Skyline-to-the-Sea Trail, CA, USA

Skyline-to-the-Sea Trail, CA, USA

02 October 2016

VERTICAL: +5,100′ / -2,800′
TIME: 8 Hours 47 Minutes

Hiked 26.2 miles. Cycled 39.3 miles. Altogether, that's 65.5 miles. Dual sport, a biathlon. Officially, it’s the Skyline-to-the-Sea Trail. I hiked it from the Pacific Ocean at Waddell Beach to the crest of the Santa Cruz Mountains at Saratoga Gap. Reverse order to its namesake. Sea-to-Skyline Trail, if you will. We’ll call this little endeavor the “Skyline-to-the-Sea Dual Reverse.”

I staged my bike at Saratoga Gap late last night for the return trip today. Finally made it to the trailhead at 1a. Crawled into the back for a short nap before the alarm screamed me awake at 430a. No rest for the weary. Packing in way too much adventure, per usual. But then, is there really such a thing? I’ll sleep next week. Probably. Maybe. Ok, probably not.

I was on the beautifully maintained, well traveled tread 45 minutes later. It’s like a super highway, this trail. No wonder they limit traffic via user permits. Too accessible, too easy. And this trail is stunning. (Not what I was expecting when a friend told me it parallels a road for most of its 25 mile length. Though to be fair, I saw about as many people as cars.) It starts out among thick vegetation and big trees. As it approaches Big Basin State Park, the old growth forests give way to full-on coastal Redwoods. And Lady Luck graced me yet again with gorgeous morning light cutting through the thick canopies. I snapped some lovely photos during my walk- over, under and among Giants.

Despite its breathtaking beauty, the trail showed signs of wear. The theme of the hike seemed to be: trees, trash, and TP. There was used toilet paper almost at every turn. So disappointing how we use and abuse the world around us, a reflection of how we treat each other. It’s hard to hope for the future when I see how much we take for granted. I feel tremendous pressure to see as much as I can before we ruin our world. I guess I’ll finally sleep once we’ve trampled all the wild places. (Although to be fair, I thought it was pretty cool when I came across a sofa someone had dumped on the trail. Couldn’t have been there more than a week or two. I was totally stoked to lay down for a little break. Guess it’s all about perspective.)

Finished the hike at Saratoga Gap after about 9 hours. The parking area was familiar. Turns out, it was our lunch stop on the last day of my cross country cycling trip back in 2013. It was surreal to be standing there again, this time alone with only the memories of my trip and the wonderful people with whom I shared it. I took a moment there to honor my feelings of love and gratitude. It’s really cool how a place, or a photo, or a song can be so loaded, can bring up so much emotion. I almost expected to open my eyes and see my team there waiting for me. Instead, all that was waiting for me was the ride back to my car. While much of it was either a screaming descent or a mellow flat, there was one 3.8 mile wicked climb. Took me about an hour to do it, and I had to walk my bike twice. I was pretty shredded after the hike, so that climb really kicked my butt. Dunno what the grade on Alba Road is, but it was one of the steepest climbs I’ve ever biked.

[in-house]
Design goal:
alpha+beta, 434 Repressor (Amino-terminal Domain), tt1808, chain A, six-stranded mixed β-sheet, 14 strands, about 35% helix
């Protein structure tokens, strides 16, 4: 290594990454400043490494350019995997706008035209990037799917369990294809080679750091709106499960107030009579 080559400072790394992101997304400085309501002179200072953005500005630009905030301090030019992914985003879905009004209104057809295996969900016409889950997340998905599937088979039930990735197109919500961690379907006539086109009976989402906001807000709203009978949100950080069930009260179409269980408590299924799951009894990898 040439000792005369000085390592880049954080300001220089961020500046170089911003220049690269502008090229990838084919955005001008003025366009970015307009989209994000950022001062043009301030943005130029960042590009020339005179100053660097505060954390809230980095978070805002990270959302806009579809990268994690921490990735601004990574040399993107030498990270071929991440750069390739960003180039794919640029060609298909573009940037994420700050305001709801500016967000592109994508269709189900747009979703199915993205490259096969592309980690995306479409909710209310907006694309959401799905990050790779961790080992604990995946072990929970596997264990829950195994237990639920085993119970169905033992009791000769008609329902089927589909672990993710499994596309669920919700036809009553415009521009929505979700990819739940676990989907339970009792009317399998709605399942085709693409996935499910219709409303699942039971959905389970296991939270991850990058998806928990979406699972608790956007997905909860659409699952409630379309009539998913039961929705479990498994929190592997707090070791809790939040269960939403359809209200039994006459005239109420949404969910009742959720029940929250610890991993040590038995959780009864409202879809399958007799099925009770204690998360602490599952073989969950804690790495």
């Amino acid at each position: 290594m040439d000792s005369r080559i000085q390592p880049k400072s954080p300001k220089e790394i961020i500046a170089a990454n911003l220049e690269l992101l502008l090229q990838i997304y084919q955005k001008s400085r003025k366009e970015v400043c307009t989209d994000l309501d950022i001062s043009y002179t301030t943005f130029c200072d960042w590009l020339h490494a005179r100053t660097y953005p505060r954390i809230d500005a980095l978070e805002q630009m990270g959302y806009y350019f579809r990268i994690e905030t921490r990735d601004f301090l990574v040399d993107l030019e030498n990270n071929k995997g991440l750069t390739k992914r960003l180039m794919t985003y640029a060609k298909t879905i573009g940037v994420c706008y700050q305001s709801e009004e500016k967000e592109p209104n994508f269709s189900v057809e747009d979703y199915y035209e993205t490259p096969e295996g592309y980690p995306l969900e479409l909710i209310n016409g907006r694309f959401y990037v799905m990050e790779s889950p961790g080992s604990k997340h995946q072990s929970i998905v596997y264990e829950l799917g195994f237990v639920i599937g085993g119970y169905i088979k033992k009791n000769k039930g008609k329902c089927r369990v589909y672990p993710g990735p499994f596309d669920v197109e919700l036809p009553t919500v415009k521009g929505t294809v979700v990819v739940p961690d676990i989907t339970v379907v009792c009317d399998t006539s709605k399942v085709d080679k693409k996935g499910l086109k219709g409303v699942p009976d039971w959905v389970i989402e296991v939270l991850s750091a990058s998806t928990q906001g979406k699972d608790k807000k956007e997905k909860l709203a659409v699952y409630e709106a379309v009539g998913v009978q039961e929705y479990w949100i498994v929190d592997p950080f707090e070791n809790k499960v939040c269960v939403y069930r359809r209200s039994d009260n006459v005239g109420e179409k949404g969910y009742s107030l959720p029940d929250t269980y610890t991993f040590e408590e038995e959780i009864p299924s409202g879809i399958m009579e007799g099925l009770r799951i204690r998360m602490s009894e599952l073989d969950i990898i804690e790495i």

The rain started to fall intermittently as I prepared for the first descent, a winding 15-mile drop to Alba Road. I hate descending in the rain, so I reluctantly rode my brakes most of the way. By the time I finally conquered the Alba climb, the rain had stopped, and I was able to descend with abandon for 8 miles until I hit Hwy 101. I finished the last 10 miles on pretty mellow grades. Stoked to finally get back to my car after 13 hours of crushing. And to think, that’s just the warm up for the Lowest-to-Highest Route in a couple days. Psyched.

I’ve got some gnarly shin splints, which I’m feeling a little anxious about, but I’m sure they’ll clear up by Wednesday. Mostly driving and public transit until then, so plenty of rest.

Four Pass Loop, CO, USA

Four Pass Loop, CO, USA

20 September 2016

VERTICAL: +/- 7,450′
TIME: 10 Hours 49 Minutes

The Four Pass Loop, an iconic trek in the mighty Elk Range near Aspen. Wow.

I left from the Maroon Lake parking area around 630a. Per a friend’s suggestion, I tackled the Loop going clockwise. I’d already hiked the route almost up to West Maroon Pass a couple times during my climbs of Maroon and North Maroon peaks. Still a treat. It was overcast almost all day, which worked out well for some photos and was really limiting for others. Ah well, it all comes out in the wash, I guess. I’m pretty satisfied overall.

The climb up West Maroon Pass was beautiful. And dropping down into the basin below Frigid Air Pass was pretty neat-o. And easy. Short. I only lost and re-gained about seven hundred feet. Dropping down into the next basin, beyond Frigid Air Pass, was awesome. And long. I lost almost two thousand feet before the long, challenging climb up to Trailrider Pass, which was by far my favorite. The view looking down on Snowmass Lake was wicked. And it was cool to have already had a different perspective of Snowmass when I climbed the 14er by the same name earlier this summer. The climb up Buckskin was pretty mellow compared to that of Trailrider. And dropping down the other side was gorgeous, a wonderful way to finish. Expansive views of the nearby Bells and distant Pyramid Peak.